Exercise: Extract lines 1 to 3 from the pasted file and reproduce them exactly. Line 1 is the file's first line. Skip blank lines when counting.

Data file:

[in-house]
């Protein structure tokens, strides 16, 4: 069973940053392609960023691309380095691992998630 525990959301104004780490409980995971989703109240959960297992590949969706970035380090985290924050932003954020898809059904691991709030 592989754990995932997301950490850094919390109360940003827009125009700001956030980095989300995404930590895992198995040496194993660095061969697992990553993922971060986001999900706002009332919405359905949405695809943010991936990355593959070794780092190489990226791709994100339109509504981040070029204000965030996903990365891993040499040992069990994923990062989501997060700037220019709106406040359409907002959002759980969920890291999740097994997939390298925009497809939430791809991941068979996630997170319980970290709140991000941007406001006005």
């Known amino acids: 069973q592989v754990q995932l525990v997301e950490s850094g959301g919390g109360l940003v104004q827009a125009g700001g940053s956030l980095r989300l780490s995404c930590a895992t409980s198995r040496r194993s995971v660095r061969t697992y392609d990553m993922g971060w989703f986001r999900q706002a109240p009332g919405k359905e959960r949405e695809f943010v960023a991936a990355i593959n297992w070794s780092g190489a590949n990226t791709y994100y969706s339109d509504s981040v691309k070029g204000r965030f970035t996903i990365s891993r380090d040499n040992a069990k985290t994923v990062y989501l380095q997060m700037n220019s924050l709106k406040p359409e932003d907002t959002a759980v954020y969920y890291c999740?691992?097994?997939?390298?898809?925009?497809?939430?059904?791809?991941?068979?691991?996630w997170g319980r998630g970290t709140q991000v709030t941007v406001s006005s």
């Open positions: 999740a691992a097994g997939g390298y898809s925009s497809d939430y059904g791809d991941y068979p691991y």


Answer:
[in-house]
């Protein structure tokens, strides 16, 4: 069973940053392609960023691309380095691992998630 525990959301104004780490409980995971989703109240959960297992590949969706970035380090985290924050932003954020898809059904691991709030 592989754990995932997301950490850094919390109360940003827009125009700001956030980095989300995404930590895992198995040496194993660095061969697992990553993922971060986001999900706002009332919405359905949405695809943010991936990355593959070794780092190489990226791709994100339109509504981040070029204000965030996903990365891993040499040992069990994923990062989501997060700037220019709106406040359409907002959002759980969920890291999740097994997939390298925009497809939430791809991941068979996630997170319980970290709140991000941007406001006005």
């Known amino acids: 069973q592989v754990q995932l525990v997301e950490s850094g959301g919390g109360l940003v104004q827009a125009g700001g940053s956030l980095r989300l780490s995404c930590a895992t409980s198995r040496r194993s995971v660095r061969t697992y392609d990553m993922g971060w989703f986001r999900q706002a109240p009332g919405k359905e959960r949405e695809f943010v960023a991936a990355i593959n297992w070794s780092g190489a590949n990226t791709y994100y969706s339109d509504s981040v691309k070029g204000r965030f970035t996903i990365s891993r380090d040499n040992a069990k985290t994923v990062y989501l380095q997060m700037n220019s924050l709106k406040p359409e932003d907002t959002a759980v954020y969920y890291c999740?691992?097994?997939?390298?898809?925009?497809?939430?059904?791809?991941?068979?691991?996630w997170g319980r998630g970290t709140q991000v709030t941007v406001s006005s």